In the living room of his house off Emerson Street, Ted Englemann has two plastic filing bins on top of a short bookshelf. Each is filled with meticulously labeled manila files and handwritten notes. …
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In the living room of his house off Emerson Street, Ted Englemann has two plastic filing bins on top of a short bookshelf. Each is filled with meticulously labeled manila files and handwritten notes. The bins are labeled “OSH 1” and “OSH 2.” And they represent decades of work, a project Engelmann calls “One Soldier’s Heart,” a book he hopes will give other veterans the chance to heal.
Engelmann, a longtime Denver resident and retired teacher, has spent the last several decades documenting and researching war for the book. At age 72 he said that the words have changed, such as the terms for what we now call Post Traumatic Stress Disorder, but the “emotional wounds of war are pretty much the same.”
“By offering the experiences of other veterans and cultures in our war, and saying the two personal conditions I’ve come to know: the Vietnamese don’t hold American veterans responsible to the (damage) we did during the war,” he said.”I’ve been treated better in Vietnam than in my own country. Maybe those two items will help make a difference for veterans for their own path to recovery.”
In March 1968, when he was 21, Engelmann arrived in Vietnam as an Air Force sergeant. His father, who had fought in World War II and was in the Army Reserve during the Korean War, was also a photographer, which meant the younger Engelmann’s world revolved around photography growing up. So bringing a small camera to his base in Vietnam was second nature.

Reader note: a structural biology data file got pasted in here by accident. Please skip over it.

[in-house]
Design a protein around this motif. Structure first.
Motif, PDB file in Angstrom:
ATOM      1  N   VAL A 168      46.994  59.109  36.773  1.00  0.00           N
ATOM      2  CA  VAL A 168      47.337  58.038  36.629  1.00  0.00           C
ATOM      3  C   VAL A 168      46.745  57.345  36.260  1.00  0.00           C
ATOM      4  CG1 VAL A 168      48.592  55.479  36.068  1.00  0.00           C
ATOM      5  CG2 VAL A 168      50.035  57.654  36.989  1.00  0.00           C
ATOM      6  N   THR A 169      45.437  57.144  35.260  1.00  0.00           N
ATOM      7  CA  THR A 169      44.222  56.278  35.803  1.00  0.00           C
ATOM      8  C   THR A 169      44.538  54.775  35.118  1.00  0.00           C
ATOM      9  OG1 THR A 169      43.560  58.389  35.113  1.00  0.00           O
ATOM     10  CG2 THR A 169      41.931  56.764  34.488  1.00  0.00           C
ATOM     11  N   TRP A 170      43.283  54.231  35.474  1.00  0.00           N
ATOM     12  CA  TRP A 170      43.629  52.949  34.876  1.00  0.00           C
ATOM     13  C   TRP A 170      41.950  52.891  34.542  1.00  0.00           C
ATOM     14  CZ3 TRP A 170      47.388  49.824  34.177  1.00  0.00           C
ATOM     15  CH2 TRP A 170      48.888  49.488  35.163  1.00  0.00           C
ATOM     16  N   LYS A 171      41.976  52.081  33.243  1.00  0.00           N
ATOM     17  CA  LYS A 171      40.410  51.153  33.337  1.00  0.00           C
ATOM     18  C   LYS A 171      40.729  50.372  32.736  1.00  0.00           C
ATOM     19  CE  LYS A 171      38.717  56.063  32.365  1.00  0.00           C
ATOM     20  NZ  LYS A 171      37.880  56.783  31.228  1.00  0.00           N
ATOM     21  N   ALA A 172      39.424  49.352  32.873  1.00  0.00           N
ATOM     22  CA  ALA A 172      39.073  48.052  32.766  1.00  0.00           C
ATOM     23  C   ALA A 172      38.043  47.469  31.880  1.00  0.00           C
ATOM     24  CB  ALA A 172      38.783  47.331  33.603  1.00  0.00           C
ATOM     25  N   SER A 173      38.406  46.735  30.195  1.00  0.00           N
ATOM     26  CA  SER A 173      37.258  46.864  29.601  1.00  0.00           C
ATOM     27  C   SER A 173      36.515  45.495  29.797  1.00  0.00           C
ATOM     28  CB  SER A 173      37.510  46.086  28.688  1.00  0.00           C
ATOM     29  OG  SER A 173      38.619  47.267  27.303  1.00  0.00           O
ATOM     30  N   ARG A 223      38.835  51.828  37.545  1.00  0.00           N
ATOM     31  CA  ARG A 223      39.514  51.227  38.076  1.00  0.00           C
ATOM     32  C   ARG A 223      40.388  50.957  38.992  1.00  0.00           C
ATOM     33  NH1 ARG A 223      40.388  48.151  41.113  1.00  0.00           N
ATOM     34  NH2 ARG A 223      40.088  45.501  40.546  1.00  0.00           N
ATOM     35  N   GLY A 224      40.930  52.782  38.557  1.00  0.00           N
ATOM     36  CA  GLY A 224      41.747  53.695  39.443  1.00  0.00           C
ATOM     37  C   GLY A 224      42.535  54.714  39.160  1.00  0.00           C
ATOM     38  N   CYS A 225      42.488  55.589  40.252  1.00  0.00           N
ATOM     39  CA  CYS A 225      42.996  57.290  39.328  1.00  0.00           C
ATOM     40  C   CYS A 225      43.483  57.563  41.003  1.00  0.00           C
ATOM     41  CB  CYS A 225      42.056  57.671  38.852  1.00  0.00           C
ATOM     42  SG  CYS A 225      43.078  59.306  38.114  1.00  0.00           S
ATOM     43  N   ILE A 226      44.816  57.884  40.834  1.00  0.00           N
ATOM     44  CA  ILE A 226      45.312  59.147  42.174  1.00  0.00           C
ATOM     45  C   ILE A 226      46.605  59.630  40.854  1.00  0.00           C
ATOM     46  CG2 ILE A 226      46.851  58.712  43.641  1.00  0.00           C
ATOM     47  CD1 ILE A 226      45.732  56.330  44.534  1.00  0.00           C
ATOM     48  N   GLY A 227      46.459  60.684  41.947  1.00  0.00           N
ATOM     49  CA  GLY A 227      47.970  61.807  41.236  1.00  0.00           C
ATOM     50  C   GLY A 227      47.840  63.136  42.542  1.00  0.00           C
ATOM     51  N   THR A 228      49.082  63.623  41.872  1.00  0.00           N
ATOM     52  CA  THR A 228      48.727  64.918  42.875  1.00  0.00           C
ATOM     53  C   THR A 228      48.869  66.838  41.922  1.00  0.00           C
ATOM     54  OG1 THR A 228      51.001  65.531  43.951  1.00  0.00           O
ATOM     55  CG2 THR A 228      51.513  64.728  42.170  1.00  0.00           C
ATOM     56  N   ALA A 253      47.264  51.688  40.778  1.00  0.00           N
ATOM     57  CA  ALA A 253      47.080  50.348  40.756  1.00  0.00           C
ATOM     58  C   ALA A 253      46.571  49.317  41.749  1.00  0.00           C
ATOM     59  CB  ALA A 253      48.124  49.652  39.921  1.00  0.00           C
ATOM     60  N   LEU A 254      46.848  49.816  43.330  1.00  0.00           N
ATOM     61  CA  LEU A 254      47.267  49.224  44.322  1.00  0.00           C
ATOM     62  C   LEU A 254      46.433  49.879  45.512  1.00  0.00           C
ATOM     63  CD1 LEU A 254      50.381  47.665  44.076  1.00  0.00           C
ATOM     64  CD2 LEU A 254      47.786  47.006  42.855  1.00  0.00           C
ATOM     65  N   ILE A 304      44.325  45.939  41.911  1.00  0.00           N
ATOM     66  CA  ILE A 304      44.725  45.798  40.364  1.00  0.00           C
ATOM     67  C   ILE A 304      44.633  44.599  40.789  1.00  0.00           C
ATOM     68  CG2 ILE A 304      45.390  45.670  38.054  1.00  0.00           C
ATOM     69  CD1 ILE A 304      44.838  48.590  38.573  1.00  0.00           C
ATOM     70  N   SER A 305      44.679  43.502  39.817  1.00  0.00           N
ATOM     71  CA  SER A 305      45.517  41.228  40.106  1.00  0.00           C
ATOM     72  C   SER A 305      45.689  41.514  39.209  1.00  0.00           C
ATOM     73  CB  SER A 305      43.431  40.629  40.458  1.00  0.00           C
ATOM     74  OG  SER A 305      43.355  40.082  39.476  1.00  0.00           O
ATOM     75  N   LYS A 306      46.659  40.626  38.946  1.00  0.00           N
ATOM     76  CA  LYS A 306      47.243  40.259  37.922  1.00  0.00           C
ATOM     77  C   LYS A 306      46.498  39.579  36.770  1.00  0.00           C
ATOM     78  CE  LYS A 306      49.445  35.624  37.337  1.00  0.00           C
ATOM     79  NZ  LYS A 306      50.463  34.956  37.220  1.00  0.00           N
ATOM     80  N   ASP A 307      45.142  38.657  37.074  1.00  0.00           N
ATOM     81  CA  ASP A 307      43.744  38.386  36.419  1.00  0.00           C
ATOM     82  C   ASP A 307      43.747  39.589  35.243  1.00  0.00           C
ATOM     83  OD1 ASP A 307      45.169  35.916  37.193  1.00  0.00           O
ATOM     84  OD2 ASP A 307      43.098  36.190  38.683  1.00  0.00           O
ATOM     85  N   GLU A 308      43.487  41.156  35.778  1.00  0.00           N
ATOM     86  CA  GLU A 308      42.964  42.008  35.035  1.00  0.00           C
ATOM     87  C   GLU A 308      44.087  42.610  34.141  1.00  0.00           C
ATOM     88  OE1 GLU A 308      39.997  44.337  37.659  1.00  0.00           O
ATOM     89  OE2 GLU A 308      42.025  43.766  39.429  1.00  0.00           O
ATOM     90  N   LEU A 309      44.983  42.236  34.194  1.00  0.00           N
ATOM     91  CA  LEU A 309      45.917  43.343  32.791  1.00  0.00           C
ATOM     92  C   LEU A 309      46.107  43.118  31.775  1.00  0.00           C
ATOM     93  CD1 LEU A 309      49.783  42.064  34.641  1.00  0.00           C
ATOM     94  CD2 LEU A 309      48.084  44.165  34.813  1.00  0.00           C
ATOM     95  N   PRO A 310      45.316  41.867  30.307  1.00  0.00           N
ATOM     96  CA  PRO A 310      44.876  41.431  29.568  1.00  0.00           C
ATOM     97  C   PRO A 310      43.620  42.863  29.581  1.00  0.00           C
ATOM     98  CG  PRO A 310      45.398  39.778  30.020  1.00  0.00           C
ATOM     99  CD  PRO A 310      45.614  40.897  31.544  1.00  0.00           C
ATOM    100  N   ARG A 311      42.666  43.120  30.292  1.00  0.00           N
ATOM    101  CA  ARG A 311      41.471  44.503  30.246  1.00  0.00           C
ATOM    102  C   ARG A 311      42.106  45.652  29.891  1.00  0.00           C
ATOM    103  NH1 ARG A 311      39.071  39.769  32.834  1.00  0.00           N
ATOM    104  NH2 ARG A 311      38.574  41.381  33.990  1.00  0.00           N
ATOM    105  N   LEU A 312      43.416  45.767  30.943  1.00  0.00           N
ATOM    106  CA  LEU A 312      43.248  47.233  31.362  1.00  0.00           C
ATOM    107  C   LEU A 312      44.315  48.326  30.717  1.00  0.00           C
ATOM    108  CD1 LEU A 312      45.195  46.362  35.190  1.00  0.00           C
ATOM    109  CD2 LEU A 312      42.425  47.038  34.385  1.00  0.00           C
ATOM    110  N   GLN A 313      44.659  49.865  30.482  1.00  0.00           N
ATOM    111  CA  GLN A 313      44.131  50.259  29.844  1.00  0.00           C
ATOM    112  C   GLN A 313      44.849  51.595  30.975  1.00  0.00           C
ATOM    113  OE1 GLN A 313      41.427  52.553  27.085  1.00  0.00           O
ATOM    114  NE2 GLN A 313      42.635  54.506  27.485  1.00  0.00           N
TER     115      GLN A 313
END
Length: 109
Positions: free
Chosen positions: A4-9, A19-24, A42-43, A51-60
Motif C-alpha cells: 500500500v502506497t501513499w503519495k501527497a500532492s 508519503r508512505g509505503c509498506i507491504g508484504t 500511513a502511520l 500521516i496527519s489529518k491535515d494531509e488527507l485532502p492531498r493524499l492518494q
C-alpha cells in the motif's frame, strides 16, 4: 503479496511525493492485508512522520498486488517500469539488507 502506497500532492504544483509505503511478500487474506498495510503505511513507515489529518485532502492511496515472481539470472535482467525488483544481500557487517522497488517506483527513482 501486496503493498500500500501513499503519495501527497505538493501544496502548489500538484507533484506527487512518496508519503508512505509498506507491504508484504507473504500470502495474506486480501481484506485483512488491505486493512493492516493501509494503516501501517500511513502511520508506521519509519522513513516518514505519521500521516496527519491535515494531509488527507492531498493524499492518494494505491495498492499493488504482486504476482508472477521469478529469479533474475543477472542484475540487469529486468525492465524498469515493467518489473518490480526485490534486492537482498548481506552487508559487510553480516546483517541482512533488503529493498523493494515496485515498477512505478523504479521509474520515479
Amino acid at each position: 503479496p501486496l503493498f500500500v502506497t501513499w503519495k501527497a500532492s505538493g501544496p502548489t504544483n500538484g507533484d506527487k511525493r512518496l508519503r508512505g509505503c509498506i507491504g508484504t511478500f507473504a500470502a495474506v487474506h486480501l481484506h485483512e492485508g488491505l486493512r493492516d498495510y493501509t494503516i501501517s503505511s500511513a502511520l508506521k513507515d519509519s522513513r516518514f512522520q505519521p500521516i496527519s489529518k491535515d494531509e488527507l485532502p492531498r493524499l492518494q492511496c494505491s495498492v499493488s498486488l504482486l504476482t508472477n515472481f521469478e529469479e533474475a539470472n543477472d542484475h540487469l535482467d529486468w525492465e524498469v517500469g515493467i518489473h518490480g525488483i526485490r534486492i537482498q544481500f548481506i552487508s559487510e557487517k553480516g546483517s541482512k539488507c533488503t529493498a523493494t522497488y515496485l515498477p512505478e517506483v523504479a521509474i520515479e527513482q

His camera shot half-frames on 35 mm film. This meant that on a roll of film with 36 images, Engelmann was getting 72 pictures. “By the time you got done it was ancient history of what you had started on,” he said of the time it took to take that many pictures. He took about 400 images in the year he was in Vietnam.
He’s not a great photographer, Engelmann said, he has found mistakes in composition or lighting in many of his images. But for him, it was never about taking the perfect picture. It was about documenting the events around him.
“I use the camera, I think, more to tell a story,” he said. “It wasn’t that I was really a professional photojournalist … I just used the camera mainly as a tool.”
Engelmann returned to Vietnam in 1989. He revisited the location of his base. He had brought along pictures he had taken of the base as he knew it then — images of battles and violence. But when he came back to the area, he found something quite different. The area had become prosperous again.
Before the Vietnam war, the area where Engelmann was stationed was a rubber factory run by French scientists. After the war, the scientists returned and created an arboretum for their research, Engelmann said.
“When I was there I was thinking, `Oh I remember when I was there this thing had rockets and mortars going off’ — and the noise and the craziness that was going on in the war, what we were doing and how we lived,” he said. “Now it is serene.”